My paternal grandmother had four grandchildren, but I missed out on grandparents as a child. My maternal grandmother died when I was seven. Most of my memories of her center around her illness. She was soft spoken and gentle natured, but she had little strength for dealing with grandchildren. My grandfathers had both died before I was born. The only one left was Grandmother, the woman who was the mother in our household. She could not afford to indulge us as I do my grandchildren whom I can return to waiting parents full of sugar, gifts, and broken rules regarding bedtime and breakfast food. Lest you think I am whining about this, let me assure you I am not. These are simply the facts. My widowed father turned to his mother for help in raising his children, and she turned to him for help running her farm. Theirs was an unusually good relationship based on clear communication and respect. If they ever did disagree about how we should be treated, we never knew about it. They presented a united front.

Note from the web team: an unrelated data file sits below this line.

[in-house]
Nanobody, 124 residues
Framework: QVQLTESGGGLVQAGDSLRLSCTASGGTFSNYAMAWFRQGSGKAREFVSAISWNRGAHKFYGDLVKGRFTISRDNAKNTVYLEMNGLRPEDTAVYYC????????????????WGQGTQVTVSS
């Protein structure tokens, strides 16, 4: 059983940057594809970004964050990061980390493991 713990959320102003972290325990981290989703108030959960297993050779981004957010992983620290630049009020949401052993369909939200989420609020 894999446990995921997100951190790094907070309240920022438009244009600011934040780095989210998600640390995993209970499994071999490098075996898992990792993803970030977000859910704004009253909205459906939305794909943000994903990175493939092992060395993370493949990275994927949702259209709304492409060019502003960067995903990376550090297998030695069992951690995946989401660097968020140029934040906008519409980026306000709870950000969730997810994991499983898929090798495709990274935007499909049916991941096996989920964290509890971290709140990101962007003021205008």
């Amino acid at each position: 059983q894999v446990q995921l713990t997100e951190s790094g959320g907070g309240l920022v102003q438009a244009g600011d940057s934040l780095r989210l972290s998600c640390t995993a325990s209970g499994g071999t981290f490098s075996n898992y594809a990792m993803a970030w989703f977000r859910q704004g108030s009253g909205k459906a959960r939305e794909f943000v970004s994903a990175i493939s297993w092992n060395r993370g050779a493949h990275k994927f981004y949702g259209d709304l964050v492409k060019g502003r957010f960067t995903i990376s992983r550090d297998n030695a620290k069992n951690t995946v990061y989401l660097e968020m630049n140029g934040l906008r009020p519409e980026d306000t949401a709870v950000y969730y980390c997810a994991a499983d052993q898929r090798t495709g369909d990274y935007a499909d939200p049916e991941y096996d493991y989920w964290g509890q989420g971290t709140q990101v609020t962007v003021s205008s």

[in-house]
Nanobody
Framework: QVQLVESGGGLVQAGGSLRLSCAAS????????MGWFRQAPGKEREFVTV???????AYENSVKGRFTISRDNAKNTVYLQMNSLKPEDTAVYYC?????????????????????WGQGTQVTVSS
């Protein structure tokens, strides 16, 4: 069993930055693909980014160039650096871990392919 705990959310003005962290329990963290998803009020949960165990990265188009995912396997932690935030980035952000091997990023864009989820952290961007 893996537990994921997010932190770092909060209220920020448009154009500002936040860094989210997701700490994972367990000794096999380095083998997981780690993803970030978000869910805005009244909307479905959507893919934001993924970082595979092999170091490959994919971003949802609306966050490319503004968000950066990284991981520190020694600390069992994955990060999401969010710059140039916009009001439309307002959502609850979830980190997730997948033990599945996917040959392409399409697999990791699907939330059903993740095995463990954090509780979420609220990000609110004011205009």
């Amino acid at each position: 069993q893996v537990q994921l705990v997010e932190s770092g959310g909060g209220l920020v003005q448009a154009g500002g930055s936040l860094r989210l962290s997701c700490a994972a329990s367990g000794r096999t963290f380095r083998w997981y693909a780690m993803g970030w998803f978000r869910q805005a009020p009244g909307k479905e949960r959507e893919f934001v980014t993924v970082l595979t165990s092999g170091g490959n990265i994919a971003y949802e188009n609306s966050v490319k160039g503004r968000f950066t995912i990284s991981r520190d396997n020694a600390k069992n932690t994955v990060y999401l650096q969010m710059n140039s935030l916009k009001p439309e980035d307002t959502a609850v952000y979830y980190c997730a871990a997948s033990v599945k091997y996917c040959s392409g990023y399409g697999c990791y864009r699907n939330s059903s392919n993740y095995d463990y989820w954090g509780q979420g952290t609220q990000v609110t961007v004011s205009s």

The only grandchild my grandmother could indulge was our cousin, Mary. She was Irish and Catholic thanks to her father. She lived in North Little Rock and attended her local parish school. Her tales of the teaching nuns scared us, Methodists, half to death. My brother Luther was 14 months older than I, and Mary was six months older than he. The two of them had a tight bond that continues to today. Since Mary wasn’t there a good portion of the year, Luther and I were playmates. Our sister was several years younger and usually played alone or with Jackie, a black child of one of the sharecropping families.
In the summer, Mary came to stay most weeks. She came on Sunday afternoon and stayed until Saturday morning when she had to be home in time to go to confession and attend Mass on Sunday. Her family came for Sunday dinner or supper and the cycle began again. When Mary came, she and Luther paired up, and I found myself left out. I didn’t like that one bit. Mary shared my room and my big double bed when she was there but little else. When we were together, we argued, mostly about God. We’d been arguing, discussing, pondering God since we could both say the word. Otherwise, we didn’t spend much time together.